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  • How many ancestors share our dna

    For those who think that they may be connected to a pedigree line.
    http://www.genetic-inference.co.uk/b...share-our-dna/

  • #2
    Originally posted by 1798 View Post
    For those who think that they may be connected to a pedigree line.
    http://www.genetic-inference.co.uk/b...share-our-dna/
    Thanks, Very Informative

    Comment


    • #3
      Originally posted by josh w. View Post
      Thanks, Very Informative
      I have seen a few "who do you think you are" programs and I find it amusing that some people think that they are related to someone famous. If they were dna tested they might find that it is only by paper that they are connected.

      Comment


      • #4
        Originally posted by 1798 View Post
        I have seen a few "who do you think you are" programs and I find it amusing that some people think that they are related to someone famous. If they were dna tested they might find that it is only by paper that they are connected.
        You would need many other's DNA tests to prove you are related to others far back in your tree. So a single DNA test would not prove anything unless other relatives are tested.

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        • #5
          Originally posted by thetick View Post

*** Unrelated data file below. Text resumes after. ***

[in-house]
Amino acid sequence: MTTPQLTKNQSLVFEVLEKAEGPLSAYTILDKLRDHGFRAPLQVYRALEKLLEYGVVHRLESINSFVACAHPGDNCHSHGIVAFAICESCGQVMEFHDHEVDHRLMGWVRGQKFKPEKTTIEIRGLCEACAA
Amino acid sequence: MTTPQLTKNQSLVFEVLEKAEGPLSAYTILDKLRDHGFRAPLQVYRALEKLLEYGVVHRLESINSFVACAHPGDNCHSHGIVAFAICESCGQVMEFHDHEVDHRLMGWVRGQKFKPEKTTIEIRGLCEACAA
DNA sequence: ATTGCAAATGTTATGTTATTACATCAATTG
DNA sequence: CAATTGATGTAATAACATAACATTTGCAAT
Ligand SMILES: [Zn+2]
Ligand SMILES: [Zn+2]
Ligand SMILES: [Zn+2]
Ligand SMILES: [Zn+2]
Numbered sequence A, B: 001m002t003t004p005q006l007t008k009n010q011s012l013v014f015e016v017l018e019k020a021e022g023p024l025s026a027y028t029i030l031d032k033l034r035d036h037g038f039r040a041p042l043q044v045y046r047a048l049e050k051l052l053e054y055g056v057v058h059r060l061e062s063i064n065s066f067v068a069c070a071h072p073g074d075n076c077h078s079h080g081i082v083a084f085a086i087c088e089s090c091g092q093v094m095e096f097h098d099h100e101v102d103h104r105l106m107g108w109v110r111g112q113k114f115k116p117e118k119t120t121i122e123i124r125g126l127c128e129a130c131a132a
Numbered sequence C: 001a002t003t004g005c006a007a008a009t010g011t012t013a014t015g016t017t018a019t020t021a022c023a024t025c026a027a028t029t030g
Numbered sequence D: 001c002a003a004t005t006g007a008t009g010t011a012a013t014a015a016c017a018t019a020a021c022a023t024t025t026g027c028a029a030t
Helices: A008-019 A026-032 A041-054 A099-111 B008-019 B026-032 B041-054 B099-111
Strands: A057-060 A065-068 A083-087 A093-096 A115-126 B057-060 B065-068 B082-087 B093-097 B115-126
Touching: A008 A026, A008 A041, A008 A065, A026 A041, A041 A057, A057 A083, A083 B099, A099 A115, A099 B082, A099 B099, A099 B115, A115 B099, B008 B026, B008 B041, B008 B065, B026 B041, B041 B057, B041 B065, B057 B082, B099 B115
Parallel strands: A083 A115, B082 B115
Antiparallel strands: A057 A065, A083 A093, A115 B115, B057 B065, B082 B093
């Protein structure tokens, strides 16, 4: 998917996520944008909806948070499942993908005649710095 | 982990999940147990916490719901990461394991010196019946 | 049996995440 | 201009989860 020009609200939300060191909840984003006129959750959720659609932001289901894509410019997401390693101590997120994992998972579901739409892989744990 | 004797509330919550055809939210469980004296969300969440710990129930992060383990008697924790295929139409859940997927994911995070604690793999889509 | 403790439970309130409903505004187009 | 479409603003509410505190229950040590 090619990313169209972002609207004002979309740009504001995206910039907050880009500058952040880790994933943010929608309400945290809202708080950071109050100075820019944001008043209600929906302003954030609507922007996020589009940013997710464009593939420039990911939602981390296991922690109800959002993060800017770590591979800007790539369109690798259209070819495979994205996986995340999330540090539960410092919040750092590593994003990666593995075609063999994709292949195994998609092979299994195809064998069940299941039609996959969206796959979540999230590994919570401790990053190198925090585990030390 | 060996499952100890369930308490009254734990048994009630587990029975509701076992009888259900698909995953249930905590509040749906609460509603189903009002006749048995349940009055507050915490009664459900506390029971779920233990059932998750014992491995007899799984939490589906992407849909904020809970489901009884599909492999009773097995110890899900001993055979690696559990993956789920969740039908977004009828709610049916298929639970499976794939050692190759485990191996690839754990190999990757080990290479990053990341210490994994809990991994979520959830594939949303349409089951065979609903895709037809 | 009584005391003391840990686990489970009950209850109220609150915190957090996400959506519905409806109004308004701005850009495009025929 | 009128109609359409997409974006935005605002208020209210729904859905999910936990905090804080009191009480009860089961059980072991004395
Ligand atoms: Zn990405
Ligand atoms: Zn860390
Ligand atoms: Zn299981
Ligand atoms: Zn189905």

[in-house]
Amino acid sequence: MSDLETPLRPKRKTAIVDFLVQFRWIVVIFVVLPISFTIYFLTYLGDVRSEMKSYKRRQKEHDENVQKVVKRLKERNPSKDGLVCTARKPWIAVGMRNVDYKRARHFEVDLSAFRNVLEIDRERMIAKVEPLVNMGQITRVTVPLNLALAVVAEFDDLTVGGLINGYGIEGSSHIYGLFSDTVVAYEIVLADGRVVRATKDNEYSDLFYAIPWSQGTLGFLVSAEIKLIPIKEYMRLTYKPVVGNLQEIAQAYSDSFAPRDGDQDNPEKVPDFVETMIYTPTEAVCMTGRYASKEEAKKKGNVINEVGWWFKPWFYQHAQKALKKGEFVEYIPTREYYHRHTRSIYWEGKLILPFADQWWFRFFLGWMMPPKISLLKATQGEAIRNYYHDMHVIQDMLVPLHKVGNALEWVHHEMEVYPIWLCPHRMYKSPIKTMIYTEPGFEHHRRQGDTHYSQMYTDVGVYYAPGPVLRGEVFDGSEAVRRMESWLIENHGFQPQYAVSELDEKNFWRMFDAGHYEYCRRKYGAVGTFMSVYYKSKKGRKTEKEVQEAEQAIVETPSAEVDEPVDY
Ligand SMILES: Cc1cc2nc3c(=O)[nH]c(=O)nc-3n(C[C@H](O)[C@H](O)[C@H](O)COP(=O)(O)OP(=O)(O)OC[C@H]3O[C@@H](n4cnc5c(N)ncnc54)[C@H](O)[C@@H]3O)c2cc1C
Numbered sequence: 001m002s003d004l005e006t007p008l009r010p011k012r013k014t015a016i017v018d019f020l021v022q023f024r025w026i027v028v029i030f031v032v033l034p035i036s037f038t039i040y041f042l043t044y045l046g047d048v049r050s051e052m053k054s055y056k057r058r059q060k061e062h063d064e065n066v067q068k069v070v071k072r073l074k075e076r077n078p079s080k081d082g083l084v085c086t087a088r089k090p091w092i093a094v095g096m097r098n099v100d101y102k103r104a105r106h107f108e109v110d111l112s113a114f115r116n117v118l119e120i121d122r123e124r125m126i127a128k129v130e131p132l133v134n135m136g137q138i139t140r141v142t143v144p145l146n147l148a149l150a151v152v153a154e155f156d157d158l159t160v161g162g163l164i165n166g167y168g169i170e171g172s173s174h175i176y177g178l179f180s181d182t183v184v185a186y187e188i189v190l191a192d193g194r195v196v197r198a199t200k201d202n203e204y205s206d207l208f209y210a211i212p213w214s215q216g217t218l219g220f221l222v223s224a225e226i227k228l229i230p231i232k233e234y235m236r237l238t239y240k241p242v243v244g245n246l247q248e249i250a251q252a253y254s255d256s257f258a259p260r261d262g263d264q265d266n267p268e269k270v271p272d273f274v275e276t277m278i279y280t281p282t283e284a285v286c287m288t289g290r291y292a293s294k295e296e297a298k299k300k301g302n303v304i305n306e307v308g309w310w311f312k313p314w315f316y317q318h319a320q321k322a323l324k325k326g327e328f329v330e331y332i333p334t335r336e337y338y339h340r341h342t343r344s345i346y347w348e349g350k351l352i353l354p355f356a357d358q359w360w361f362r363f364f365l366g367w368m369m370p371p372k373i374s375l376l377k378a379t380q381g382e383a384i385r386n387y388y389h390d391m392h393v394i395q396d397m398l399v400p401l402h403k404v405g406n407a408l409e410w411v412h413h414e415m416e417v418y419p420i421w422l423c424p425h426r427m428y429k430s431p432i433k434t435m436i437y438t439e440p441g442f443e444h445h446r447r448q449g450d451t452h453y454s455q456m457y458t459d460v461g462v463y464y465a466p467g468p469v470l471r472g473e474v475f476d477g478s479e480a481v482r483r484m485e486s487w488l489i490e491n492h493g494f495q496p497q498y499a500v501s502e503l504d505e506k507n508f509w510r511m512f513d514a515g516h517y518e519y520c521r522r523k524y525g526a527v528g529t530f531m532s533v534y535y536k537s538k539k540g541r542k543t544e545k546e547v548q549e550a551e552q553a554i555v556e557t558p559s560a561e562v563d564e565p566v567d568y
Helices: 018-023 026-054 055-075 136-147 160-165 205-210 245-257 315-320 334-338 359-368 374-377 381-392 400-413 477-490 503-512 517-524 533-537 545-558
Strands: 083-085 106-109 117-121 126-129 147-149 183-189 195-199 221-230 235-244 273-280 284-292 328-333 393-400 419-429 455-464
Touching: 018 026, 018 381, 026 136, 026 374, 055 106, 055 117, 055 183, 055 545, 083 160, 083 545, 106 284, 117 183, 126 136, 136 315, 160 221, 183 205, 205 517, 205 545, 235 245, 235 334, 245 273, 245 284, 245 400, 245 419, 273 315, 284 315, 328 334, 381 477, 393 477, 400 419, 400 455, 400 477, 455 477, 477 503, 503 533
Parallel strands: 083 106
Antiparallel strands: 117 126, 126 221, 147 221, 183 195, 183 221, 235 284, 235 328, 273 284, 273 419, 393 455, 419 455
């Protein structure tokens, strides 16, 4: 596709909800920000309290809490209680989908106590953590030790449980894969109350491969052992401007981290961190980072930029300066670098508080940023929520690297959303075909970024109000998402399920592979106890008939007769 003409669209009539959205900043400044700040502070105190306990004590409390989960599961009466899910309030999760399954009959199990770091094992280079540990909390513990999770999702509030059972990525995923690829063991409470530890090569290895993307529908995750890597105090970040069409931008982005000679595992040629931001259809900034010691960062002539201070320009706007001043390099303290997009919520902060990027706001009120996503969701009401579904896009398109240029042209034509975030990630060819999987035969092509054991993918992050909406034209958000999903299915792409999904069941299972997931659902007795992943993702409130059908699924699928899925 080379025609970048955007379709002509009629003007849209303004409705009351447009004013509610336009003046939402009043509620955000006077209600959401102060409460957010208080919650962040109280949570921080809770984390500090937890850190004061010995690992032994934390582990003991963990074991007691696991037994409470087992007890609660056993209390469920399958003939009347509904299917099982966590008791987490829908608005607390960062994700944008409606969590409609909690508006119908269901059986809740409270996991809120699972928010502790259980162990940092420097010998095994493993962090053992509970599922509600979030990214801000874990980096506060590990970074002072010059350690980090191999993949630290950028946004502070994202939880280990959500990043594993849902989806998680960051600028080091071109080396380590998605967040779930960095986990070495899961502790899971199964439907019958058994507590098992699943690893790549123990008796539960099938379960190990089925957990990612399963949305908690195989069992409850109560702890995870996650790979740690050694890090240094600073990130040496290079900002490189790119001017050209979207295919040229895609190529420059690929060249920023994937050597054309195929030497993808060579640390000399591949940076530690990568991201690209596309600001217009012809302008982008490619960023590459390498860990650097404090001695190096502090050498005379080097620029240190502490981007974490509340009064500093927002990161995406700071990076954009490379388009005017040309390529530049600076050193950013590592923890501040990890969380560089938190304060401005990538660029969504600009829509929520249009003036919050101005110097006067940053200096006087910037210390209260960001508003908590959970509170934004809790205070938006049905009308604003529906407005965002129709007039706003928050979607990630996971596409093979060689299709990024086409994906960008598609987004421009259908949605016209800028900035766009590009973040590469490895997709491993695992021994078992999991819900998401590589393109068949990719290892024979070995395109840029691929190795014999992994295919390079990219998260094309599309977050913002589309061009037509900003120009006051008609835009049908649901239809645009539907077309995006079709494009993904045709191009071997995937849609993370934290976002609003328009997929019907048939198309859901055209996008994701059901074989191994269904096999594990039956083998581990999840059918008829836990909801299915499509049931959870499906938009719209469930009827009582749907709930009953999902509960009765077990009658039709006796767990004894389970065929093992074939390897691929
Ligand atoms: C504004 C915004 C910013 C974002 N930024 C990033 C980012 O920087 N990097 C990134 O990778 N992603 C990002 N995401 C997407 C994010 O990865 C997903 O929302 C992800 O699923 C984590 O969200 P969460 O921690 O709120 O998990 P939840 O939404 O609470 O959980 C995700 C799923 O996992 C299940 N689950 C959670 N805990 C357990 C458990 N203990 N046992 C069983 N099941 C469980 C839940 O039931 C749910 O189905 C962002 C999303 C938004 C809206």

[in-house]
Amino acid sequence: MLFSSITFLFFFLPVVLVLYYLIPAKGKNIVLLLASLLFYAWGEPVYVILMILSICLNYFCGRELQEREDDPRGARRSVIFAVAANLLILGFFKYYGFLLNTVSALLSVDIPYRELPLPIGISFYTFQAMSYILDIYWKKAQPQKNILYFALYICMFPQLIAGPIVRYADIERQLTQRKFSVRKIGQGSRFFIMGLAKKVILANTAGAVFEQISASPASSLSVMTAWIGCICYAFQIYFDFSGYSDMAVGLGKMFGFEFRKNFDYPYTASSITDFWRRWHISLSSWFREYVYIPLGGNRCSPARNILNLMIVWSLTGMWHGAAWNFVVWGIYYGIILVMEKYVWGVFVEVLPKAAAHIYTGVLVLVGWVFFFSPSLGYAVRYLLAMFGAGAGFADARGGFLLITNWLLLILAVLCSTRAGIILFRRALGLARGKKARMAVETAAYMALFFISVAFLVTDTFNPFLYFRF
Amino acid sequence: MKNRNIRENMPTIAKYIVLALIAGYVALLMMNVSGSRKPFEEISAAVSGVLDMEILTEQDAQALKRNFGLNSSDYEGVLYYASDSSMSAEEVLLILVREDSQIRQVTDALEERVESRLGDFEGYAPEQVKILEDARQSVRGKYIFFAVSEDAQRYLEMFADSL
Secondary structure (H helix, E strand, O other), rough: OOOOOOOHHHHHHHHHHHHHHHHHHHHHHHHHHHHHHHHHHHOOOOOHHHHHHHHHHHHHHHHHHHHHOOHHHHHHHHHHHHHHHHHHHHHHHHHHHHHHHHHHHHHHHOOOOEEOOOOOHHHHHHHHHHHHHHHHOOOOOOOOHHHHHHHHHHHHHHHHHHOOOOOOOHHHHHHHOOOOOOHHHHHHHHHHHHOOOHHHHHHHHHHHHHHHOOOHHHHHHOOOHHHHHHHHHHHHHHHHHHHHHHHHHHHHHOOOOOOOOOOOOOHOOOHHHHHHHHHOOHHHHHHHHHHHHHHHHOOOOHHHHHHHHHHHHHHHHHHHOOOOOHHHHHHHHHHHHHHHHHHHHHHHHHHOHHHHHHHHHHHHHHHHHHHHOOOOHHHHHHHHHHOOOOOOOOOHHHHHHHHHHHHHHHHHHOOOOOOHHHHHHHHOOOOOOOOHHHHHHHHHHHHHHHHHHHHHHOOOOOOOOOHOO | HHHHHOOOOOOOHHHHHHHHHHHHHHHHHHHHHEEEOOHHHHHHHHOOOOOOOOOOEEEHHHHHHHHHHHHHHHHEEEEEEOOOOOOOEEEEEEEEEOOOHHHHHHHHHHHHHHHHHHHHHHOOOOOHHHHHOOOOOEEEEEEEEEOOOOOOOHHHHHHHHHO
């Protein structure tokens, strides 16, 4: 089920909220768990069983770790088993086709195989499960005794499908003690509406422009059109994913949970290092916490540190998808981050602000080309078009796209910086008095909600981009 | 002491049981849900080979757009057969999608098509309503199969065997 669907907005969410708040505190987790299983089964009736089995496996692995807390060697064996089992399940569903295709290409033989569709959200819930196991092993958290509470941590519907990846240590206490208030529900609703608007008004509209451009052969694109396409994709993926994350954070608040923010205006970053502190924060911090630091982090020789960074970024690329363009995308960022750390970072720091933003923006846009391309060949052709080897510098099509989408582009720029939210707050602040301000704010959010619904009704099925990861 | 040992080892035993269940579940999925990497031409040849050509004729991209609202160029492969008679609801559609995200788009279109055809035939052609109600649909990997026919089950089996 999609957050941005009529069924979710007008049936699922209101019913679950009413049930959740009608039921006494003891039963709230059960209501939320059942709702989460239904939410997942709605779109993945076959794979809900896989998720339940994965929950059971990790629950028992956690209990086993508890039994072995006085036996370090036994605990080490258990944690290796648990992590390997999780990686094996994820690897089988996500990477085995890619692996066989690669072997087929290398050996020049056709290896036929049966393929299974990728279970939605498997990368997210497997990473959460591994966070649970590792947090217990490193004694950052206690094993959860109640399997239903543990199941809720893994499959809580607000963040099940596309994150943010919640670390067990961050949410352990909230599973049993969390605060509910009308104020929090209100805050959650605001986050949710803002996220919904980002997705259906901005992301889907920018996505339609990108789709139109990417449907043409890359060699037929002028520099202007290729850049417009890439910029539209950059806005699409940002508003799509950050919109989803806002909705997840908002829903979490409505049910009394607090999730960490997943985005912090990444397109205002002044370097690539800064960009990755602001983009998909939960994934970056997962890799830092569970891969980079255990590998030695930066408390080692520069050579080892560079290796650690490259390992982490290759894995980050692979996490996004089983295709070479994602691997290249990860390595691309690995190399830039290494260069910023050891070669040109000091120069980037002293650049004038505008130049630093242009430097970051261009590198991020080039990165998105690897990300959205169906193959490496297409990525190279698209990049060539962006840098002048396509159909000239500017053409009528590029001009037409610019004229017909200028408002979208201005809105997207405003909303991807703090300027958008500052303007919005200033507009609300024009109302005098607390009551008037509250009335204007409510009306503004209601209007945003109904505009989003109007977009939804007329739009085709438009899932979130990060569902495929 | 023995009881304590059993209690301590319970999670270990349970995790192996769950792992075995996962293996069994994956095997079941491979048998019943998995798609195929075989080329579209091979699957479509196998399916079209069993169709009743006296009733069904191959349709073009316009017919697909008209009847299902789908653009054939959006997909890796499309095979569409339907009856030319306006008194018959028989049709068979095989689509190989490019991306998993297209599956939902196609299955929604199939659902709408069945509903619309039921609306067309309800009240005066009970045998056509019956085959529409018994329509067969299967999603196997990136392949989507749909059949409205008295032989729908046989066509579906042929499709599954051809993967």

You would need many other's DNA tests to prove you are related to others far back in your tree. So a single DNA test would not prove anything unless other relatives are tested.
          They would also need a pick and shovel.

          Comment


          • #6
            Saw reference to this in a CoopLab version (seems the genetic-inference.co.uk article was updated even to refer to the CoopLab version). Both were very useful, however it would be nice to see exactly when the presented math no longer applies.

            I've made the mistake of applying it to a very high (k), e.g. 200 generations, and rolled out with some very unrealistic results (it was pointed out to me after the fact that CoopLab made a note that the math only pertains to a certain time-scale, I should have caught it on my own but meh).

            One of the CoopLab visual aids terminates at 14 generations, so I'd feel safe using the math within 14 generations or less. 10 generations seems like a good point given that many genealogies won't go farther than that, if even that far.

            When (k) is set at 10, one has around 438 autosomal DNA ancestors in comparison to the 1024 ancestors-on-paper (assuming no-inbreeding/overlap of ancestors).

            2^k *(1- exp(-(22+33*(k-1))/2^(k-1)))

            2^10 *(1- exp(-(22+33*(10-1))/2^(10-1)))

            1024 *(1- exp(-286/512))

            1024 *(1- exp(-0.55859375))

            1024 *(1- 0.57201289165)